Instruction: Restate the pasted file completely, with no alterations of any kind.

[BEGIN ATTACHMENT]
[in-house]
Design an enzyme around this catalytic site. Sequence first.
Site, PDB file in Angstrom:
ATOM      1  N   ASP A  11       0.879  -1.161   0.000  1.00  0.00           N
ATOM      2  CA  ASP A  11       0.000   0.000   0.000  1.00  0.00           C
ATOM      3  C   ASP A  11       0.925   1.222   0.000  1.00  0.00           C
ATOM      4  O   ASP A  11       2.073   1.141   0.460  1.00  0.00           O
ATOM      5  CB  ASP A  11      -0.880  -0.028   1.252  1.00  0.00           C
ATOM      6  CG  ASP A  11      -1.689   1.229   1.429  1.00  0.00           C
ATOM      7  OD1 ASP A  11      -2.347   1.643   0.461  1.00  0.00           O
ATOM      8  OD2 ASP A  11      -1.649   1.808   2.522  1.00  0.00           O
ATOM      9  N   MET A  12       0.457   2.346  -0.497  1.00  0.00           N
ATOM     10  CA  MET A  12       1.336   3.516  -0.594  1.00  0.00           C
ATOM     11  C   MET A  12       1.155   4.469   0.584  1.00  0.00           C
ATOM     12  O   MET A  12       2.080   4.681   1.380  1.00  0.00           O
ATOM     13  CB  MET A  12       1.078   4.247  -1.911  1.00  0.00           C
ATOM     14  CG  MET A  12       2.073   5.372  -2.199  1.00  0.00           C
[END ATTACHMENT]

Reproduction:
[in-house]
Design an enzyme around this catalytic site. Sequence first.
Site, PDB file in Angstrom:
ATOM      1  N   ASP A  11       0.879  -1.161   0.000  1.00  0.00           N
ATOM      2  CA  ASP A  11       0.000   0.000   0.000  1.00  0.00           C
ATOM      3  C   ASP A  11       0.925   1.222   0.000  1.00  0.00           C
ATOM      4  O   ASP A  11       2.073   1.141   0.460  1.00  0.00           O
ATOM      5  CB  ASP A  11      -0.880  -0.028   1.252  1.00  0.00           C
ATOM      6  CG  ASP A  11      -1.689   1.229   1.429  1.00  0.00           C
ATOM      7  OD1 ASP A  11      -2.347   1.643   0.461  1.00  0.00           O
ATOM      8  OD2 ASP A  11      -1.649   1.808   2.522  1.00  0.00           O
ATOM      9  N   MET A  12       0.457   2.346  -0.497  1.00  0.00           N
ATOM     10  CA  MET A  12       1.336   3.516  -0.594  1.00  0.00           C
ATOM     11  C   MET A  12       1.155   4.469   0.584  1.00  0.00           C
ATOM     12  O   MET A  12       2.080   4.681   1.380  1.00  0.00           O
ATOM     13  CB  MET A  12       1.078   4.247  -1.911  1.00  0.00           C
ATOM     14  CG  MET A  12       2.073   5.372  -2.199  1.00  0.00           C